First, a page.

With employment improving and the fiscal cliff averted, fixed mortgage rates have jumped to their highest level in two months, with lenders offering the 30-year home loan at 3.4% this week, up from 3.34% last week, according to Freddie Mac.
The typical offering rate on a 15-year fixed loan edged up from 2.64% to 2.66%, the big government-supported loan buyer said Thursday in its weekly report. Borrowers would have paid 0.7% of the loan amounts to lenders in up-front fees and discount points to obtain the rates.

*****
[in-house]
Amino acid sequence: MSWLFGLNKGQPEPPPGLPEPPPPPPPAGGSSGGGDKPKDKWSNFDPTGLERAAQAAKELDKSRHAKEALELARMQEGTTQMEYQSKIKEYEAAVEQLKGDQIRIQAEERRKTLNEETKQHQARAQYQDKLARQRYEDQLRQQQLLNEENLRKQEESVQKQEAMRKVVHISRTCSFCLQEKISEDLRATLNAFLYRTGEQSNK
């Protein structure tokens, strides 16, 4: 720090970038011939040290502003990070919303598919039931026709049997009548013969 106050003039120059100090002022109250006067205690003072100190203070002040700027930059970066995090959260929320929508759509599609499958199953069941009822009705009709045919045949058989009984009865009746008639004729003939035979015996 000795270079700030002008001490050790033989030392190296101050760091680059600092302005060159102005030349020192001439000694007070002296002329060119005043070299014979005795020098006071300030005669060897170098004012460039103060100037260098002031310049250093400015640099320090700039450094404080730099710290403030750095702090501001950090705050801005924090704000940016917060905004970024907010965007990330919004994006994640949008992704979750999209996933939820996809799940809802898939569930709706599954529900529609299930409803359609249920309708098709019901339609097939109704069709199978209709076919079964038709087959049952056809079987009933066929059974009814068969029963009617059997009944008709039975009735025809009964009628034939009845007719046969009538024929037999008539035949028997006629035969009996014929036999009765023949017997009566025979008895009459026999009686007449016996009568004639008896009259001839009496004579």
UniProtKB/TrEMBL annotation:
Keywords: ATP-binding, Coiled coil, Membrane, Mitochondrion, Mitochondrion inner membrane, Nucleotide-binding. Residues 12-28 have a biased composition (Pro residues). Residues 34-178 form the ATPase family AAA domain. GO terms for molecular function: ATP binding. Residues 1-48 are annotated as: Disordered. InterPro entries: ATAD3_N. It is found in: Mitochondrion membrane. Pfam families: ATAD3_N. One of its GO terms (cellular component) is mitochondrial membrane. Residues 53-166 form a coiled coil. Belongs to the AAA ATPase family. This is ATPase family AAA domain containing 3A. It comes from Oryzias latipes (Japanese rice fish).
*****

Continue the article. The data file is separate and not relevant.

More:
Freddie’s chief economist, Frank Nothaft, said a better-than-expected employment report contributed to the increase.
Government statisticians said 155,000 jobs were added to the labor force in December, and revised November’s job growth upward by 24,000 workers, keeping the unemployment rate steady at 7.8%, the lowest since December 2008.
The government on Thursday reported an uptick in jobless claims, but the overall picture has improved.
“For all of 2012, 1.86 million jobs were created and represented the largest annual gain since 2006,” Nothaft said.
Congress and President Obama also averted a threat to the economy by voting not to let taxes rise on most Americans this year, as they had been scheduled to do under the co-called fiscal cliff provisions that had been set to take effect Jan. 1.